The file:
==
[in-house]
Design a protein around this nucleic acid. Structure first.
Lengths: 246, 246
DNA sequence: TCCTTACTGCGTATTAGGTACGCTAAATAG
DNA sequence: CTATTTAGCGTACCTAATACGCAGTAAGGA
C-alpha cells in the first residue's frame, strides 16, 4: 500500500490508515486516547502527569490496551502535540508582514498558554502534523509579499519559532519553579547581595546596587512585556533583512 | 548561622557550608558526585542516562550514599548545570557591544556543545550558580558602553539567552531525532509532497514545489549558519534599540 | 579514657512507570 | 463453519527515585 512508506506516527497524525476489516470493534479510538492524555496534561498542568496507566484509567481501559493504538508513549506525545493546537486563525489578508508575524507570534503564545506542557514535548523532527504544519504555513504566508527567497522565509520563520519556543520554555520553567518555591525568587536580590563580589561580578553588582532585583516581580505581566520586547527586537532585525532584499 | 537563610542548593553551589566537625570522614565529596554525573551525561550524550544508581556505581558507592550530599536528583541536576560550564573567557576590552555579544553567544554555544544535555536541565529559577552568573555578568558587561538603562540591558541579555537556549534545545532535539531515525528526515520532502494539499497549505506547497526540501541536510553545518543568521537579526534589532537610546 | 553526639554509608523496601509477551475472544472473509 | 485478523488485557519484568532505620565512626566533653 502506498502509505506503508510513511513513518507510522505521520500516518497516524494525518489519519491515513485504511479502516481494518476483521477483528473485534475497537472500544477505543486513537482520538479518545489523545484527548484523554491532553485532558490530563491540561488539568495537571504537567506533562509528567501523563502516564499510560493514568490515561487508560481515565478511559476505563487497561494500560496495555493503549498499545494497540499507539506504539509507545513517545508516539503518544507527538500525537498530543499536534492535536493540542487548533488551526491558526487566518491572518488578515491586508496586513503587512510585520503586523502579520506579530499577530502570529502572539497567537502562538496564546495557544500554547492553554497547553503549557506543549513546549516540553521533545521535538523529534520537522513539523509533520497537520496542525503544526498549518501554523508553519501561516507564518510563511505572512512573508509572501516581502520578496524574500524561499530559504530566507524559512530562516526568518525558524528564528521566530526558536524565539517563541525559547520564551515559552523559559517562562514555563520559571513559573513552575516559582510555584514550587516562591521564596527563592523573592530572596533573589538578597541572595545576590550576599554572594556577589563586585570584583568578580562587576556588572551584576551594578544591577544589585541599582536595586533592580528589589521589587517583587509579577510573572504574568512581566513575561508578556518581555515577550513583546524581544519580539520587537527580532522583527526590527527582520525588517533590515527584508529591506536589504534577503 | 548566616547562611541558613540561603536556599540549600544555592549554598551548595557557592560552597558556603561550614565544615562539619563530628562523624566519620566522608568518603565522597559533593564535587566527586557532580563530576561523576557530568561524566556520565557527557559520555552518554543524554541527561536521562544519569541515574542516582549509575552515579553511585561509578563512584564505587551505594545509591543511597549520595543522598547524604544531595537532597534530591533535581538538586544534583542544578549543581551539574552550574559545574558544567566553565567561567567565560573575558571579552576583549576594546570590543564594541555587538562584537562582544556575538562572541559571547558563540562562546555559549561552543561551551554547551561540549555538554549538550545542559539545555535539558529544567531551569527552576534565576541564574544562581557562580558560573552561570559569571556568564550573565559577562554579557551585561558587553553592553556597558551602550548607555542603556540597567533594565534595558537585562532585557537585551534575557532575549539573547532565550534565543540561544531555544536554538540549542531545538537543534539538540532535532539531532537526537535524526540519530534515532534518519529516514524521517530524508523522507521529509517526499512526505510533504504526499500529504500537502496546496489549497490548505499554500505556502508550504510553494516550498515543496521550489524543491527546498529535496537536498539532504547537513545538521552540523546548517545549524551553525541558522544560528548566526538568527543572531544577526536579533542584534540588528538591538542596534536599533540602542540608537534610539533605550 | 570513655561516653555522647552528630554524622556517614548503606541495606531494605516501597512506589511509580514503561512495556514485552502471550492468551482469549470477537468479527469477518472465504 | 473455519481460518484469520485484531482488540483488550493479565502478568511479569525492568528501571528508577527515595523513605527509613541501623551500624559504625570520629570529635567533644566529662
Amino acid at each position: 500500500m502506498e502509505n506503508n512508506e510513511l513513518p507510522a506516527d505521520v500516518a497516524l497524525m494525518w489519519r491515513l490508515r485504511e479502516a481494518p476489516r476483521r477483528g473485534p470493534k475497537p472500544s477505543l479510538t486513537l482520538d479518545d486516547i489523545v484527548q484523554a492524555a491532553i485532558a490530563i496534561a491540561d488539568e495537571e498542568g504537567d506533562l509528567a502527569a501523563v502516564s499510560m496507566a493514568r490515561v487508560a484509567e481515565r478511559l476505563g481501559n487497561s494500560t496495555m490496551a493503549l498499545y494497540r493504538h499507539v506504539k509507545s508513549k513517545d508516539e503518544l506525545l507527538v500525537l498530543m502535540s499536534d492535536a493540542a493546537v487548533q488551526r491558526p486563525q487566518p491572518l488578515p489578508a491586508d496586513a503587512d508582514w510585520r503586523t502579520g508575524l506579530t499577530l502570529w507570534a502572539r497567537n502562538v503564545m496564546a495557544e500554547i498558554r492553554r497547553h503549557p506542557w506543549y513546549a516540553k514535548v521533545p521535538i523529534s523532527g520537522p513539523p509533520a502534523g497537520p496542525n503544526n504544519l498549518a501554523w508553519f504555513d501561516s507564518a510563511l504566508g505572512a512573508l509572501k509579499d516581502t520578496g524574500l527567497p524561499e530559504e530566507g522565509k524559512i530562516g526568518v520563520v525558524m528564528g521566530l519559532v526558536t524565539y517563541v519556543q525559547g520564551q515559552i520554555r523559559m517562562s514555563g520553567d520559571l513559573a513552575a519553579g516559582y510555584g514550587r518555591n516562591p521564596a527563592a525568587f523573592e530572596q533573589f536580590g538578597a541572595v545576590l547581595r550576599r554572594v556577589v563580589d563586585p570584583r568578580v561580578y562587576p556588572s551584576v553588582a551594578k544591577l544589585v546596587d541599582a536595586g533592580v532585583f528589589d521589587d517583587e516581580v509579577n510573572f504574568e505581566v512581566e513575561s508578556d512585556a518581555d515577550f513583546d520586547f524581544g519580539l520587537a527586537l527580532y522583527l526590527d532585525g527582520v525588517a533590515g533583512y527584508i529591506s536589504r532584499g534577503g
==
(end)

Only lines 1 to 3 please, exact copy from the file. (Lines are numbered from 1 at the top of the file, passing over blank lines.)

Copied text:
[in-house]
Design a protein around this nucleic acid. Structure first.
Lengths: 246, 246